Qalipu First Nation is pleased to announce it has been welcomed into the Atlantic First Nations Health Partnership (Health Partnership). With Qalipu First Nation joining, the Health Partnership now works on behalf of 34 Atlantic First Nations and is focused on improving the health and well-being of its members through direct engagement in the health programs and services provided by First Nations and Inuit Health Branch/Indigenous Services Canada (FNIHB/ISC). The Atlantic Policy Congress of First Nations Chiefs Secretariat (APC) is the Health Partnership Secretariat.
Over the past year, Qalipu First Nation was invited to attend a series of meetings as an active observer to better understand and become a partner of the Health Partnership. On November 19, Qalipu First Nation was welcomed into the Health Partnership following a vote by the 11 Health Partnership Chiefs representing various regions of the Atlantic.
Band Chief Brendan Mitchell was pleased to share news of this development, which he says is a positive step forward in Qalipu’s journey.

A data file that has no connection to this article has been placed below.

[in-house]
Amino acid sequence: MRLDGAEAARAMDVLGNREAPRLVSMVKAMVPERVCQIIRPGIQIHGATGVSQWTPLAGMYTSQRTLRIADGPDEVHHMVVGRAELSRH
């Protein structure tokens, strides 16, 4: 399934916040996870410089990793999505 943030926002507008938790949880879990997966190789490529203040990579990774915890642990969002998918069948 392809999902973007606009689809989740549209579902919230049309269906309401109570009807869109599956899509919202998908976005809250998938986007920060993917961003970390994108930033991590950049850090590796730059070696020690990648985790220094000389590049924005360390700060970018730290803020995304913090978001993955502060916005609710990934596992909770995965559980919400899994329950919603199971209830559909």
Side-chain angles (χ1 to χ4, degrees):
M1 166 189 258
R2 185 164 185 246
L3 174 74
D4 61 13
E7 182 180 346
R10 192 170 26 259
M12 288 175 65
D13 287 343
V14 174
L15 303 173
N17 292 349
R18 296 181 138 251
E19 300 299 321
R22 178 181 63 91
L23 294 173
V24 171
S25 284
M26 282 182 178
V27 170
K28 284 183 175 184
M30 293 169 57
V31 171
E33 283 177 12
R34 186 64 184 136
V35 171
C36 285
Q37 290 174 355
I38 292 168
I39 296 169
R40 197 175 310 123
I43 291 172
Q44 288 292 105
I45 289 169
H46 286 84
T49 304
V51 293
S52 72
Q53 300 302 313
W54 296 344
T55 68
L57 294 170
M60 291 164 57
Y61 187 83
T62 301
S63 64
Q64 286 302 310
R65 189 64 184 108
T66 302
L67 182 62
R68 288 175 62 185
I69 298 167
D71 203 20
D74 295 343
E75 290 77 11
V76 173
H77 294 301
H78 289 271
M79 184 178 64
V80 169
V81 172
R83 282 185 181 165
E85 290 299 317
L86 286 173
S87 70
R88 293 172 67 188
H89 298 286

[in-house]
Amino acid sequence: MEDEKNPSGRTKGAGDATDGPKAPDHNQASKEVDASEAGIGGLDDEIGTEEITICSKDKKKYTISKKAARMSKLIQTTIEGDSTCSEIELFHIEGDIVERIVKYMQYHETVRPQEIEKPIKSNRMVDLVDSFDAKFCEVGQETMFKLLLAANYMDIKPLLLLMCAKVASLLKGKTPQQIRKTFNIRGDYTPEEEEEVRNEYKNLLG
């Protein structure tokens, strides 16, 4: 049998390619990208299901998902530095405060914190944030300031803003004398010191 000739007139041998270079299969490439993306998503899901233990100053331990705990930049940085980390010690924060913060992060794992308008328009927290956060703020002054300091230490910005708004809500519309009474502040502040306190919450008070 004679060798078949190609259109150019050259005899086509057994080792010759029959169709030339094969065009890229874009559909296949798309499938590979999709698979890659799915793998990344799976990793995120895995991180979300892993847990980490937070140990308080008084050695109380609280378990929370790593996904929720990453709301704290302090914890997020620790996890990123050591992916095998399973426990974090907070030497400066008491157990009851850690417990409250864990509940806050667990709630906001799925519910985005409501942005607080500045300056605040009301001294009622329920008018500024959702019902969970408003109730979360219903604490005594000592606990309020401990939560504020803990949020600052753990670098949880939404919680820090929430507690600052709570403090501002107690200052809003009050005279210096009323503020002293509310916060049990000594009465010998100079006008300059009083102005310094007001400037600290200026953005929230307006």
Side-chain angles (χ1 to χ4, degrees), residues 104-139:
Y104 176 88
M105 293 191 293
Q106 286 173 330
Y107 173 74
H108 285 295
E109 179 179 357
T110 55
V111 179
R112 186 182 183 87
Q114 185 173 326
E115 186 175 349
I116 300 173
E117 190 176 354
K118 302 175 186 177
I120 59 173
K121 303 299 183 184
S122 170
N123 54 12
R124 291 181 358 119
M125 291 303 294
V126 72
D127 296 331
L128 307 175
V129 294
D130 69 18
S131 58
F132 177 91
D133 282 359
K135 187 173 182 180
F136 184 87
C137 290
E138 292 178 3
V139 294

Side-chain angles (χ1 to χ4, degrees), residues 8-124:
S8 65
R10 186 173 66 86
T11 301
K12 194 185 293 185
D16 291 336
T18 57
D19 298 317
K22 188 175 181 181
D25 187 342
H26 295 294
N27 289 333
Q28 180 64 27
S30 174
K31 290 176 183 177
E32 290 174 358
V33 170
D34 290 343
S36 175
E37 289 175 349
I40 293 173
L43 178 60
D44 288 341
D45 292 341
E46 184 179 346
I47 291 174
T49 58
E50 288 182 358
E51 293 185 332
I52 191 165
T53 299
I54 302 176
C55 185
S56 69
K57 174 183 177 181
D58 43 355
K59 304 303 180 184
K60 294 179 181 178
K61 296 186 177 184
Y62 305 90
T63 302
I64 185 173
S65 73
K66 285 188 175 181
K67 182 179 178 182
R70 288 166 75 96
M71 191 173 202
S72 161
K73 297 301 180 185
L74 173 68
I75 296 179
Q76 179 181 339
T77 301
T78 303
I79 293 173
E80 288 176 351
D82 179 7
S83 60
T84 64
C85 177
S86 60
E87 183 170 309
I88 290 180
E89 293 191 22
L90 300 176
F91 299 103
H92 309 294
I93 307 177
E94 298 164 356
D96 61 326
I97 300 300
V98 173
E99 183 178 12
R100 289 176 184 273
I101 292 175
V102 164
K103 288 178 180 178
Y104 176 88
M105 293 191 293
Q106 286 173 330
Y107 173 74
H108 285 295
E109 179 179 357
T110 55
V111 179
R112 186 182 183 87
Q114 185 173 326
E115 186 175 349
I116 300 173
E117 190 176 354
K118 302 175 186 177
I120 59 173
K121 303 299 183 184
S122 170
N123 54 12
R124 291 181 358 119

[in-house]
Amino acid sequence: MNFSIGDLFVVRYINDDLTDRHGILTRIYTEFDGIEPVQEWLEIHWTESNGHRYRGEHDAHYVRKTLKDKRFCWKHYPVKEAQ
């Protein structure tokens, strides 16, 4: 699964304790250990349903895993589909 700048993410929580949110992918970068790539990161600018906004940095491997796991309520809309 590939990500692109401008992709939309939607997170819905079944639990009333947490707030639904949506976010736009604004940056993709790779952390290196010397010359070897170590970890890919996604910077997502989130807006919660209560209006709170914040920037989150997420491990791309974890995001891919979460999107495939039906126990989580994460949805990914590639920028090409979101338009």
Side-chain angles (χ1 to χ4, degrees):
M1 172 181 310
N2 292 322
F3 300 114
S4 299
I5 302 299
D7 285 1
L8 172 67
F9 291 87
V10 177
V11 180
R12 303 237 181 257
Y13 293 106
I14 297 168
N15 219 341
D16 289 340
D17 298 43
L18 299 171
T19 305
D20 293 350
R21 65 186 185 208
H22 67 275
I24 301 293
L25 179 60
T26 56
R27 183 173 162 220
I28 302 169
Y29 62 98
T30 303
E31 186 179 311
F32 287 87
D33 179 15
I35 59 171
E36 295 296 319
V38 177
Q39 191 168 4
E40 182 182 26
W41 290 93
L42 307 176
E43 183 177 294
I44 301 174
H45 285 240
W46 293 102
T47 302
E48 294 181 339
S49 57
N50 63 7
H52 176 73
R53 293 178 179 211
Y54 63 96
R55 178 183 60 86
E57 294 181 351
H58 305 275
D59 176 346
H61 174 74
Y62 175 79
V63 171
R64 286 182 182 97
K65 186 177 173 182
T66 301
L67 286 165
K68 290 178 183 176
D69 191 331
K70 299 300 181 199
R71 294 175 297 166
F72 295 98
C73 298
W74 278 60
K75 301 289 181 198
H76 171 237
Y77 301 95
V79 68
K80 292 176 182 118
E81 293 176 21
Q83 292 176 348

“This is another encouraging step forward on our journey. It is important that First Nations stand together in their negotiations with Canada; when we speak confidently with one voice, we are strong. I look forward to working with Chiefs of the other First Nations in Atlantic Canada to accomplish positive outcomes for our respective communities.”
Mitch Blanchard, Manager of the Health and Social division for Qalipu First Nation explained how the new partnership will benefit Band members.
“Being a part of the Health Partnership allows Qalipu First Nation to be involved in the co-management of health programs and services that impact our membership. Together, through the Health Partnership and its committees, we help shape priority areas in health and wellness.”
Qalipu First Nation’s inclusion in the Health Partnership is a key step in accomplishing community health priorities. Qalipu First Nation will have the opportunity to share, learn and collaborate with other First Nations Chiefs, FNIHB/ISC, APC Health Directors, and other like-minded organizations.
Blanchard added, “We look forward to what we can accomplish together, and continued opportunities to work together with other First Nations in Atlantic Canada.”